Last week, a blog reported that Apple may be releasing two versions of the iPhone 5, one which may be billed as a "standard" one while the other will be presented as the "pro" one.
The author of the post on iPhoneDownloadBlog, Alex, quotes anonymous sources saying that the better version will have "the very best of what you can get right now" in terms of components, before adding that "Apple is ordering better quality components for the same function".
We're dubious about this rumour for a number of reasons; firstly, Apple doesn't do "pro" and "standard" versions. The straight-forwardness of its product range is one of the company's main selling points.
The only differentiators between the current iPhone models are the inherent network technology, the colour and the capacity; using only these parameters yields 12 stock keeping units, which would double to 24 if IDB is to be believed.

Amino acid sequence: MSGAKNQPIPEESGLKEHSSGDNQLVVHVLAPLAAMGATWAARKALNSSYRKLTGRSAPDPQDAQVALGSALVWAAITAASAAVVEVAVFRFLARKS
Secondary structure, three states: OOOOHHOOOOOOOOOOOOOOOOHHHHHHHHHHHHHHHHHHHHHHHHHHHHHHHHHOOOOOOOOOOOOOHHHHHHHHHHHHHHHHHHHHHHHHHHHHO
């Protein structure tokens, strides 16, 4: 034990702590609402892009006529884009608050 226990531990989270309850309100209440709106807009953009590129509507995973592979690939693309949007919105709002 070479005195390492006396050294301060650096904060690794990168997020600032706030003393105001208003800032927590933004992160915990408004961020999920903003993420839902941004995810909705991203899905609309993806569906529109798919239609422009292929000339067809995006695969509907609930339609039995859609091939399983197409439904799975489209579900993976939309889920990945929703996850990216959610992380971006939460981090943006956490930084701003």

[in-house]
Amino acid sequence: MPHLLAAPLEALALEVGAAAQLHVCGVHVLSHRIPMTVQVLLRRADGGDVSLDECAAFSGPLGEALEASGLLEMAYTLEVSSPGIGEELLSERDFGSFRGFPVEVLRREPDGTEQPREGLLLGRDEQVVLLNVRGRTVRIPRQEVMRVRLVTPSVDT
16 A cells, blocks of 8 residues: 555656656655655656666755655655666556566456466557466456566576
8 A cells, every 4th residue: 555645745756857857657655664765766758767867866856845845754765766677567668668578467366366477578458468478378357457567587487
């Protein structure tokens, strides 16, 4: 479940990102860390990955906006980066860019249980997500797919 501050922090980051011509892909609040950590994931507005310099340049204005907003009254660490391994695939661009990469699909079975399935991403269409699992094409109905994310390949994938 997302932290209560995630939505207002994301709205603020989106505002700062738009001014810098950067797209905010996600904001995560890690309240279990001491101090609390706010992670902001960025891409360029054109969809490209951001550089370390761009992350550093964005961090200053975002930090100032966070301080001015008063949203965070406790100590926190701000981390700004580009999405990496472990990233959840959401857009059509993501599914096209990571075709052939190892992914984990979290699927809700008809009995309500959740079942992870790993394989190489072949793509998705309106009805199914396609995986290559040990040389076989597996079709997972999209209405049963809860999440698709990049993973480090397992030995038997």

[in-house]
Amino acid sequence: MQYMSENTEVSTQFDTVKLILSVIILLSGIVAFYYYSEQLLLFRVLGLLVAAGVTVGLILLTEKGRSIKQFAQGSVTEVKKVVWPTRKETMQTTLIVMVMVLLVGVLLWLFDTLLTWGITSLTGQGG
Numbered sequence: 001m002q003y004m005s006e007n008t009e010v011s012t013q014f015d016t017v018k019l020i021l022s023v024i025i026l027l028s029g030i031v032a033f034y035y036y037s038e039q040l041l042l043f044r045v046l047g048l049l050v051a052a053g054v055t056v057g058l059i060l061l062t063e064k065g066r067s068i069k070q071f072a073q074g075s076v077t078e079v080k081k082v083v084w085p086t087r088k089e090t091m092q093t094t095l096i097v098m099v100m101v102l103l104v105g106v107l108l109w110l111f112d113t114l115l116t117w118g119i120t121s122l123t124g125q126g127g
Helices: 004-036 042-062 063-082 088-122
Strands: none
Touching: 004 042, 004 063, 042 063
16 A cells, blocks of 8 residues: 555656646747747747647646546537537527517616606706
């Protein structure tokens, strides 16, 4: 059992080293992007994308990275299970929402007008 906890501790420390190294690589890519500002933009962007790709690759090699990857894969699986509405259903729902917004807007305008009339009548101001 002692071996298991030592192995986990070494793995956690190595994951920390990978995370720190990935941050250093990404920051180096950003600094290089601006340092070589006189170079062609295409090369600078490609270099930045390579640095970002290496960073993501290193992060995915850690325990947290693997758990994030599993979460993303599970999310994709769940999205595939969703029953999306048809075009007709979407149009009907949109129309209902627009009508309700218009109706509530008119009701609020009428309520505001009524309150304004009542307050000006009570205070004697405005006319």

A single product like the iPhone 4 ensures a coherent user experience across the whole spectrum; from playing games, to reading emails or browsing the internet.
Introducing an iPhone 5 'Lite' dilutes that experience and may confuse the user, especially if Apple keeps the iPhone 4 as it did with the iPhone 3GS, which is more than likely to happen.
Then there's the fact that there aren't many features that can be altered without impacting on the user experience. Sure Apple can change the type of screen used, the screen size or resolution, the amount of memory and the number of cores on the next iPhone, but other than that it's quite hard to see how they would be able to differentiate between the Pro and the Standard iPhone 5.